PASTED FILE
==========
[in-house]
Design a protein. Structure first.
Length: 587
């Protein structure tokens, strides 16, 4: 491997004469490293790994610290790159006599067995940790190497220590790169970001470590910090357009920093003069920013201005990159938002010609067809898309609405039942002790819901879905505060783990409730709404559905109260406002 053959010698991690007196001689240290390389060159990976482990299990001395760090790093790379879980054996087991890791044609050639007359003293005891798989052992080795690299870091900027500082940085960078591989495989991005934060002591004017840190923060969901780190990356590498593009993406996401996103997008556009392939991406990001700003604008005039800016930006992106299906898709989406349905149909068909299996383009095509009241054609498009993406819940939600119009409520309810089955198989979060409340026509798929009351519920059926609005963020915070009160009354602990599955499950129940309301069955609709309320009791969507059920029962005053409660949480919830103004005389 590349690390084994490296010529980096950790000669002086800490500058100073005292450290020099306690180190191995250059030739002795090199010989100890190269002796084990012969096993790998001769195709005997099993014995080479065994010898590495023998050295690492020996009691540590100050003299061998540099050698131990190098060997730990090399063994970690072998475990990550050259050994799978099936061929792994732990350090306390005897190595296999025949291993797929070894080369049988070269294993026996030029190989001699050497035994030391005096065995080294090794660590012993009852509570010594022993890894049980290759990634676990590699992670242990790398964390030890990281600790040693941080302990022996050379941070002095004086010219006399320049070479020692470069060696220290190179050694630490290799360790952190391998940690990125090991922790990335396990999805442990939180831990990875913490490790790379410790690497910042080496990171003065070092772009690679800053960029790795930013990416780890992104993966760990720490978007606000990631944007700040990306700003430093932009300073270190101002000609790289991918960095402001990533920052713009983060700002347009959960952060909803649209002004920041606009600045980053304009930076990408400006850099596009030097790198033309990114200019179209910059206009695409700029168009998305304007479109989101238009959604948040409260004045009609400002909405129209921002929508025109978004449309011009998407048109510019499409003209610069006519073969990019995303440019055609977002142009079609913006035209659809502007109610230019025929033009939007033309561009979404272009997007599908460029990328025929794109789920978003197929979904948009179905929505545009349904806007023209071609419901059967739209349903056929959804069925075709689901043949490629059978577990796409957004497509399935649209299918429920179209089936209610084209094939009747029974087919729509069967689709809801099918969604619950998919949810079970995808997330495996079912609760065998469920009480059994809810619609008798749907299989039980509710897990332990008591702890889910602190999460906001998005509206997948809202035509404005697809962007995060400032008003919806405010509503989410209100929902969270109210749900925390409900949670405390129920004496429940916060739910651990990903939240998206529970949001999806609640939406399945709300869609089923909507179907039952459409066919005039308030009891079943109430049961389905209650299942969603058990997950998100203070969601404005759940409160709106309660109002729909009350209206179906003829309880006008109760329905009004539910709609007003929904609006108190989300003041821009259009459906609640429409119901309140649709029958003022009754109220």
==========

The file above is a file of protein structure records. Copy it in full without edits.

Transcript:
[in-house]
Design a protein. Structure first.
Length: 587
């Protein structure tokens, strides 16, 4: 491997004469490293790994610290790159006599067995940790190497220590790169970001470590910090357009920093003069920013201005990159938002010609067809898309609405039942002790819901879905505060783990409730709404559905109260406002 053959010698991690007196001689240290390389060159990976482990299990001395760090790093790379879980054996087991890791044609050639007359003293005891798989052992080795690299870091900027500082940085960078591989495989991005934060002591004017840190923060969901780190990356590498593009993406996401996103997008556009392939991406990001700003604008005039800016930006992106299906898709989406349905149909068909299996383009095509009241054609498009993406819940939600119009409520309810089955198989979060409340026509798929009351519920059926609005963020915070009160009354602990599955499950129940309301069955609709309320009791969507059920029962005053409660949480919830103004005389 590349690390084994490296010529980096950790000669002086800490500058100073005292450290020099306690180190191995250059030739002795090199010989100890190269002796084990012969096993790998001769195709005997099993014995080479065994010898590495023998050295690492020996009691540590100050003299061998540099050698131990190098060997730990090399063994970690072998475990990550050259050994799978099936061929792994732990350090306390005897190595296999025949291993797929070894080369049988070269294993026996030029190989001699050497035994030391005096065995080294090794660590012993009852509570010594022993890894049980290759990634676990590699992670242990790398964390030890990281600790040693941080302990022996050379941070002095004086010219006399320049070479020692470069060696220290190179050694630490290799360790952190391998940690990125090991922790990335396990999805442990939180831990990875913490490790790379410790690497910042080496990171003065070092772009690679800053960029790795930013990416780890992104993966760990720490978007606000990631944007700040990306700003430093932009300073270190101002000609790289991918960095402001990533920052713009983060700002347009959960952060909803649209002004920041606009600045980053304009930076990408400006850099596009030097790198033309990114200019179209910059206009695409700029168009998305304007479109989101238009959604948040409260004045009609400002909405129209921002929508025109978004449309011009998407048109510019499409003209610069006519073969990019995303440019055609977002142009079609913006035209659809502007109610230019025929033009939007033309561009979404272009997007599908460029990328025929794109789920978003197929979904948009179905929505545009349904806007023209071609419901059967739209349903056929959804069925075709689901043949490629059978577990796409957004497509399935649209299918429920179209089936209610084209094939009747029974087919729509069967689709809801099918969604619950998919949810079970995808997330495996079912609760065998469920009480059994809810619609008798749907299989039980509710897990332990008591702890889910602190999460906001998005509206997948809202035509404005697809962007995060400032008003919806405010509503989410209100929902969270109210749900925390409900949670405390129920004496429940916060739910651990990903939240998206529970949001999806609640939406399945709300869609089923909507179907039952459409066919005039308030009891079943109430049961389905209650299942969603058990997950998100203070969601404005759940409160709106309660109002729909009350209206179906003829309880006008109760329905009004539910709609007003929904609006108190989300003041821009259009459906609640429409119901309140649709029958003022009754109220």